Anybody can tell a half-decent fart or private parts joke. But reaching an audience with stand-up comedy that’s incisive and feels true to an audience is a far rarer skill.
It’s those smart, top-of-their game comics that the team at the Wheeler Opera House sought for the third annual Aspen Laff Festival, which runs there through Saturday night and includes some of the best comedians working today.
“Whether it's political humor or observational humor, we try to find the best comedians out there and not just more of the same child’s stuff that you can see on any college campus,” says Wheeler executive director Gram Slaton.
The festival kicked off Thursday with a free show by Marion Grodin and a headline spot by “Saturday Night Live” veteran Colin Quinn. Friday’s headliners are the renowned “Pit Bull of Comedy” Bobby Slayton and Robert Hawkins.
Christopher Titus closes the festival Saturday night, capping three nights with 10 comics on the Wheeler stage. Best known for his TV show “Titus,” he’s the comic poet laureate of family dysfunction, bad decisions and brutal honesty.
“He’s an absolute genius,” says Slaton. “Christopher Titus will tell you the things that everybody knows, but is afraid to say out loud.”
Mined from his personal life, Titus’ self-eviscerating stand-up TV specials have covered topics like his father’s alcoholism and his mother’s suicide and, improbably, turned them into comic gems. His Laff Fest set, he says, stays personal and proves that his mistakes didn’t stop once he got rich and famous, and got a TV show. To wit: he once uttered a single sentence that cost him $30 million. (Come to the show to find out what it was, he teases).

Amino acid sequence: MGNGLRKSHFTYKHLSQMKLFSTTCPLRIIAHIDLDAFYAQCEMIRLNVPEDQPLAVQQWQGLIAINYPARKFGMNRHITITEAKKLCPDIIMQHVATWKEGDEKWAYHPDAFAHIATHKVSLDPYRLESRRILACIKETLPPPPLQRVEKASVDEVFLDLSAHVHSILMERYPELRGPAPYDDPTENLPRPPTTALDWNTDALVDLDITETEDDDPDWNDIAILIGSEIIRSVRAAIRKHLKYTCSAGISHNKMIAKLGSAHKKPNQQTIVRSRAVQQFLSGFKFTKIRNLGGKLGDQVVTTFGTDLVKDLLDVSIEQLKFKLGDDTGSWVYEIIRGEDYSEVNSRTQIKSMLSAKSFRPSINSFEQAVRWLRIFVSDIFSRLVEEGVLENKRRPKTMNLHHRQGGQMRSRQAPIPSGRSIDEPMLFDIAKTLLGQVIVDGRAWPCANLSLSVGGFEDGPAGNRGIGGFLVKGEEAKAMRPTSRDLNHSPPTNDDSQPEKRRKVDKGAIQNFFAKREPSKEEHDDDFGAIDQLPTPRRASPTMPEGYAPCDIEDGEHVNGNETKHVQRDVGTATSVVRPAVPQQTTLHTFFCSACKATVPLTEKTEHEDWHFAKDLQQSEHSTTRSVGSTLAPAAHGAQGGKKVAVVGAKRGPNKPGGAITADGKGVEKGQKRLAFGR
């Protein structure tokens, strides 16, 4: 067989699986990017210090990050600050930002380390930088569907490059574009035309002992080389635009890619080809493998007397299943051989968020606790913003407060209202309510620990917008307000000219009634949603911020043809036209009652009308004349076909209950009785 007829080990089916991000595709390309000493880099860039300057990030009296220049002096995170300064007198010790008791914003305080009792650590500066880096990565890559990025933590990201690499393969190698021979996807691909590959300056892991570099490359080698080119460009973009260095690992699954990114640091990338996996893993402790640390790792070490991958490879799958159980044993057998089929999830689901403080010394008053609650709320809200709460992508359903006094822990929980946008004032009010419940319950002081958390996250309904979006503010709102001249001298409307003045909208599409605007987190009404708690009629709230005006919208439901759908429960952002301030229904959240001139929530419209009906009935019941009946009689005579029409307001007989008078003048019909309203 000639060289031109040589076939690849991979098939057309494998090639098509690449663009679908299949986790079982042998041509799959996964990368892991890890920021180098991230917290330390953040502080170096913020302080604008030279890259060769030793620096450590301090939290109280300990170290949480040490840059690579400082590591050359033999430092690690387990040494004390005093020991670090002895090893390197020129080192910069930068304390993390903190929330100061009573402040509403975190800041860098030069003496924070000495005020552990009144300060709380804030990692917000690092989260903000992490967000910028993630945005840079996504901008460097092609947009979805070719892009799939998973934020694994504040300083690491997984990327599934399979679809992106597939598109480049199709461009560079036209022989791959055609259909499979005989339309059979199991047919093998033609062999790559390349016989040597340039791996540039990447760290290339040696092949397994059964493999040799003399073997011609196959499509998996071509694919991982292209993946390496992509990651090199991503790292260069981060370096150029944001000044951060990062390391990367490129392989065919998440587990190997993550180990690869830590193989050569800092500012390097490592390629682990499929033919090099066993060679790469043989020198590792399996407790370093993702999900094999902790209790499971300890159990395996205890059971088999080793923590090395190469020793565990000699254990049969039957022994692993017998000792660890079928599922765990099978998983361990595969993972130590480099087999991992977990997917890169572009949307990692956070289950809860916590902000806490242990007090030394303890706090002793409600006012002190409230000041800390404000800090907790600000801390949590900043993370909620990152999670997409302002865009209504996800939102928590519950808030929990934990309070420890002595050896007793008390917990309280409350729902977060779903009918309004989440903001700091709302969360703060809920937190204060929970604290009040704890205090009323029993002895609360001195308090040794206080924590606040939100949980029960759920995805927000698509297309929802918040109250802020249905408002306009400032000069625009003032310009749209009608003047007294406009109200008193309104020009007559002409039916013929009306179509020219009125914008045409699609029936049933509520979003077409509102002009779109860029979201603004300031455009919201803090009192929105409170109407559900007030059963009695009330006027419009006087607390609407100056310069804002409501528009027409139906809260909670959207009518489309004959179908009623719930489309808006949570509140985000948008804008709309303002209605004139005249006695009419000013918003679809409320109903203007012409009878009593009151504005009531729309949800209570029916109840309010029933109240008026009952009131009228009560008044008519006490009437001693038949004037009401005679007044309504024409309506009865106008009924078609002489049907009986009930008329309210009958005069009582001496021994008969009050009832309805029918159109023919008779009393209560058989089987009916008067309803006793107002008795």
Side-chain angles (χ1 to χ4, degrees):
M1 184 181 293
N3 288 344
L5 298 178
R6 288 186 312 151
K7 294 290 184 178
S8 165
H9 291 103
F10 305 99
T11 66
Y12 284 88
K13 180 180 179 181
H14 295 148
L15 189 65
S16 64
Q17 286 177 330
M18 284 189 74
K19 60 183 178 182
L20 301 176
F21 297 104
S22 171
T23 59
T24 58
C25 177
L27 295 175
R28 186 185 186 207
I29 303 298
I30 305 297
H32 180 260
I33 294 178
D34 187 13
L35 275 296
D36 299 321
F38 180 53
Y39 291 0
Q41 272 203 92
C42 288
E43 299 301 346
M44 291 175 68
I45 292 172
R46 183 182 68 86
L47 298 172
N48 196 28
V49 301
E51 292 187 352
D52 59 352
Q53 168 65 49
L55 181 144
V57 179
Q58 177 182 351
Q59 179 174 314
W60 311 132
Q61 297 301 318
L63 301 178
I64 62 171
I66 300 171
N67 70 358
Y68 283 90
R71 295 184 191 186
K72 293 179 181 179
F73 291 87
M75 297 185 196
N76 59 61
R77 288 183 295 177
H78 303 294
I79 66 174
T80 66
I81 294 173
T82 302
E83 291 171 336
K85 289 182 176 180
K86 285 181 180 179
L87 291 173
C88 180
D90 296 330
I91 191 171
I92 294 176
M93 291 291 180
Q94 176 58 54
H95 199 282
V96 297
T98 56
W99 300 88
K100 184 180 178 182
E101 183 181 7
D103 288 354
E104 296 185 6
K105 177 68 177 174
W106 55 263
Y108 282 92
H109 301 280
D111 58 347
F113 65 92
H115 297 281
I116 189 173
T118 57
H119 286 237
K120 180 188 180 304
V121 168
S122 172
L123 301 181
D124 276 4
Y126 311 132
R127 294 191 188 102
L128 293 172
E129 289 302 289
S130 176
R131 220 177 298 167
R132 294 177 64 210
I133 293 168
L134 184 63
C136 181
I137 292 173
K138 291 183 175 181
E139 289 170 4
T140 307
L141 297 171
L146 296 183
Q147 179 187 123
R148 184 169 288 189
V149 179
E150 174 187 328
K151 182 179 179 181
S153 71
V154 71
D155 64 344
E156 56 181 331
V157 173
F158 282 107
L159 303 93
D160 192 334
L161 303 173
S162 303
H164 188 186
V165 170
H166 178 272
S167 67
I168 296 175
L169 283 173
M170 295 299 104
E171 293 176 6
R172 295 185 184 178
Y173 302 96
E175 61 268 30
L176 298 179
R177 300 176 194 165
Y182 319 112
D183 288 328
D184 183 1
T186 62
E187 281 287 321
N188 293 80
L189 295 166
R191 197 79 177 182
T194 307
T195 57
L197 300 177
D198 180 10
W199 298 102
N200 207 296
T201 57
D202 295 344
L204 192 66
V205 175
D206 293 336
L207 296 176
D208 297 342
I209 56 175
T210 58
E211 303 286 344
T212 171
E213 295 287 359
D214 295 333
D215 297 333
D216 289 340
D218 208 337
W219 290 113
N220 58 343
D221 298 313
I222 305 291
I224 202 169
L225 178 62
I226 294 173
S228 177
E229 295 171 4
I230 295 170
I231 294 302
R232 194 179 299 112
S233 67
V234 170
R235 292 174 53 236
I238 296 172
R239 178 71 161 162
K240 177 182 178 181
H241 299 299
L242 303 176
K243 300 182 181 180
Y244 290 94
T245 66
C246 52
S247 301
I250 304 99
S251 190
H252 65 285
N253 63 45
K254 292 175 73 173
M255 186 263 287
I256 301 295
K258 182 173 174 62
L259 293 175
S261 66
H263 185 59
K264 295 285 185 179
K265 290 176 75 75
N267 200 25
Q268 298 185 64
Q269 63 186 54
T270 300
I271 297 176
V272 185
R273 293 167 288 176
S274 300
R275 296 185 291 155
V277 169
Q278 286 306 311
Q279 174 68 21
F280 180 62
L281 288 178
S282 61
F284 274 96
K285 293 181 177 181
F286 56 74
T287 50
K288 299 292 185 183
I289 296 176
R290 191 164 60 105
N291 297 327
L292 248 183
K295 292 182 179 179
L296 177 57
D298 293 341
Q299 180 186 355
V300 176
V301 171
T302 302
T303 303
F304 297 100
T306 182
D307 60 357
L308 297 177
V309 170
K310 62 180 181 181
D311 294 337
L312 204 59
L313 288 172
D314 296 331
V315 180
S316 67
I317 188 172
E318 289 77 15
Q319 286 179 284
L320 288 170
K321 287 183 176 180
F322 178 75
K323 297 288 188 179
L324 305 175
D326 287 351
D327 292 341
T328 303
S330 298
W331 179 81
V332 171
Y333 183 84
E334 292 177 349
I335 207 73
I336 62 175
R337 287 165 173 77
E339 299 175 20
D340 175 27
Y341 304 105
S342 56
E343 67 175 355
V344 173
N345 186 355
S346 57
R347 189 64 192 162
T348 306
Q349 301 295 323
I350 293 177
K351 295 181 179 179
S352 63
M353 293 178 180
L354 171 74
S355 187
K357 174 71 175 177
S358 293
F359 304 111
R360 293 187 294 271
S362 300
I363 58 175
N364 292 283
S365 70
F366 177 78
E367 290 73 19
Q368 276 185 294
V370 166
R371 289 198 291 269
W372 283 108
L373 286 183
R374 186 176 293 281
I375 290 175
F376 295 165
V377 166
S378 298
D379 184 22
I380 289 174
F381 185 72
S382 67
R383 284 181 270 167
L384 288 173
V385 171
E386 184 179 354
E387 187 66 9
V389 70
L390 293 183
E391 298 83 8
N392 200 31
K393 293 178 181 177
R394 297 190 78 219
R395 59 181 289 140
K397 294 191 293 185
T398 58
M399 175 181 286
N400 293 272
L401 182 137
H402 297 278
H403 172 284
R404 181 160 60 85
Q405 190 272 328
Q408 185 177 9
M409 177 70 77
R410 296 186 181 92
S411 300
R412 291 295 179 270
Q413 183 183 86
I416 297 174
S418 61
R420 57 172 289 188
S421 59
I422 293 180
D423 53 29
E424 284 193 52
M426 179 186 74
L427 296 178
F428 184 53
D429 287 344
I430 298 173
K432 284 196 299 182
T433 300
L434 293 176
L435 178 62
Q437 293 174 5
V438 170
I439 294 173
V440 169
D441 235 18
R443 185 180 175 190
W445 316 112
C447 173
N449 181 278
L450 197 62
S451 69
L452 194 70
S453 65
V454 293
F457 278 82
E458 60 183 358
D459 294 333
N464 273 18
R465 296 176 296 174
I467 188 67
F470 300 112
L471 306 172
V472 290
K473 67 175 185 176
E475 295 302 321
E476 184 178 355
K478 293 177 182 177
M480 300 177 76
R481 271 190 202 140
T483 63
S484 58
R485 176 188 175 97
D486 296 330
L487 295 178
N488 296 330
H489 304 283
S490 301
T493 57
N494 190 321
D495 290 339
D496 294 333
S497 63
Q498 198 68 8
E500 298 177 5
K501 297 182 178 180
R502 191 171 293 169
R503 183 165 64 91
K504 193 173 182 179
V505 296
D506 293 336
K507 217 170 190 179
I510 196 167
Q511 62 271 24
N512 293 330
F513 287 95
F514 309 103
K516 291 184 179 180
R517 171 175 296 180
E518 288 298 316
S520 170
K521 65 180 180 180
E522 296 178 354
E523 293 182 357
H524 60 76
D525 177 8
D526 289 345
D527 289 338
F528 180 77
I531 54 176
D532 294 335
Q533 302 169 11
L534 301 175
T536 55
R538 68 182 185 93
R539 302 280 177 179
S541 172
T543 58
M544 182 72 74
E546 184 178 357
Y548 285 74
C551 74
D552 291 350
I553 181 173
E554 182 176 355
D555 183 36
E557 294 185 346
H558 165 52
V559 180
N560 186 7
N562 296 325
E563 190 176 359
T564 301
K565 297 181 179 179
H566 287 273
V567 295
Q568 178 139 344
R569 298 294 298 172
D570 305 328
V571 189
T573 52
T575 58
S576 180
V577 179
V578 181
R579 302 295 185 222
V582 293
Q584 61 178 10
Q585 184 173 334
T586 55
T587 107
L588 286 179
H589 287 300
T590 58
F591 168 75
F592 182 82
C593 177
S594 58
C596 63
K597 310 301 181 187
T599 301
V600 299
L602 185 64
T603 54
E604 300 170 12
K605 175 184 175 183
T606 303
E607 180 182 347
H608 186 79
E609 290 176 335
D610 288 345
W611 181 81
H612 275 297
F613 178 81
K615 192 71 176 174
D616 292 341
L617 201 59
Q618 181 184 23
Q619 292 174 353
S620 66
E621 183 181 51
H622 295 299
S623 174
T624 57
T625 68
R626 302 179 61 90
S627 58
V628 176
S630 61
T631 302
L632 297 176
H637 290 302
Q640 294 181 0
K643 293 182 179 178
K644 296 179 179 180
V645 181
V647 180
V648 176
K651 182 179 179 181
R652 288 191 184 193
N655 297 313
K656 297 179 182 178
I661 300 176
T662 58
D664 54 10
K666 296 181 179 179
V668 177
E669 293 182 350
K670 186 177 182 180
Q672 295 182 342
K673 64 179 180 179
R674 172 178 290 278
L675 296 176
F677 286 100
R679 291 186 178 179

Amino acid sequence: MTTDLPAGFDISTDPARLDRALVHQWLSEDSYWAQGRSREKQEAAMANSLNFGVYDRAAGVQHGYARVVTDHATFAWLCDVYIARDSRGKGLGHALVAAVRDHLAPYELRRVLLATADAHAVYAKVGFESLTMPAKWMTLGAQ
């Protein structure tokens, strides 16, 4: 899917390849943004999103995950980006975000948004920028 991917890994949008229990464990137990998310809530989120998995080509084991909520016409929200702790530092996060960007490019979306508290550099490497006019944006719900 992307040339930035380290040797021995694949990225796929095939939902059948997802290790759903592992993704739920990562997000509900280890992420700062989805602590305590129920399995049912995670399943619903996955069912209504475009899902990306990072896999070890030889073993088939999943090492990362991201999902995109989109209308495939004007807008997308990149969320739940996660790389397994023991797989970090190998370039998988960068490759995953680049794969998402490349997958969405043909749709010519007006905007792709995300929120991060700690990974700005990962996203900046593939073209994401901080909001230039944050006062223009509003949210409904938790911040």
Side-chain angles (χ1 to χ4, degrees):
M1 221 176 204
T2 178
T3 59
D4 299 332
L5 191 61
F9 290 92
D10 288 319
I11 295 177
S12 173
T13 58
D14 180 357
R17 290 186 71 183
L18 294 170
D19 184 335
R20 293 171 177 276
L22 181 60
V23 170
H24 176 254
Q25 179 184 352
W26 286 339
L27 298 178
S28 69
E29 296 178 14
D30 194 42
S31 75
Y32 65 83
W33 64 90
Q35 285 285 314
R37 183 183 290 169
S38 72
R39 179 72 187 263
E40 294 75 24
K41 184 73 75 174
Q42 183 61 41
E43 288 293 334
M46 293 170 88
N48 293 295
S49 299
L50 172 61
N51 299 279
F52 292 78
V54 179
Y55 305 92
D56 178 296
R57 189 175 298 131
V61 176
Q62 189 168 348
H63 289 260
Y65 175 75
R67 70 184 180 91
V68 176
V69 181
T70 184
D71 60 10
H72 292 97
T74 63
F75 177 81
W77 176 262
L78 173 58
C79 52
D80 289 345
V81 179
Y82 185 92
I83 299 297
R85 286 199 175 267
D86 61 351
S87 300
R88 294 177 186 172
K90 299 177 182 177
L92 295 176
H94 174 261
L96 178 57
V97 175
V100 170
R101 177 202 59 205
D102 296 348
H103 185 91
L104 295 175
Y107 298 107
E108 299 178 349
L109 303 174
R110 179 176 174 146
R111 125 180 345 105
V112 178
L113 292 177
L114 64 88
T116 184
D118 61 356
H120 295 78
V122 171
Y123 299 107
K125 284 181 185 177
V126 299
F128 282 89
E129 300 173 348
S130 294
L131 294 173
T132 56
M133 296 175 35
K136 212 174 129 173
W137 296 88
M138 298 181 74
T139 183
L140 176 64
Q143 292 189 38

“It’s basically all my failures,” he says. “I’ve been a loser my whole life. I know we all feel like losers, but unless you’re living in Cell Block D, top bunk, drinking toilet bowl wine and wearing lipstick because everyday is Valentine’s Day in prison, then I win.”
Titus performed at the inaugural Laff Fest two years ago. This weekend’s show features material from his forthcoming comedy special, “The Voice in My Head.” The 48-year-old comic is quick-witted and fast-talking, and he’s a believer in the comedy of truth. The best comedy, he argues — going back to legends like Bill Cosby, Richard Pryor and George Carlin — comes from identifying with an audience and swallowing your pride.
“They all just told the truth,” he says. “If you can find that, the audience will get sucked into the show. As opposed to getting up and telling a bunch of dead grandma jokes or blow job jokes. ... What I learned about comedy awhile back is that whatever tragedy you’ve had, whatever mistake you made, everybody in the audience has done something like it. We’ve all done stuff we’re ashamed of, or embarrassed by, or had something terrible happen in our life.”
He recalled after his special, “Love is Evol,” which focused on his divorce and abusive relationships, a fan told him a story about how his girlfriend had stabbed him on Thanksgiving, and how Titus’s act had convinced the fan to dump her.
“I’m shaking my head saying, ‘Oh, I’m glad I could help. But you didn’t leave when she stabbed you? My comedy got you away from her?”
Jake Johannsen performs earlier Saturday night, and has a similar philosophy of honesty and stand-up.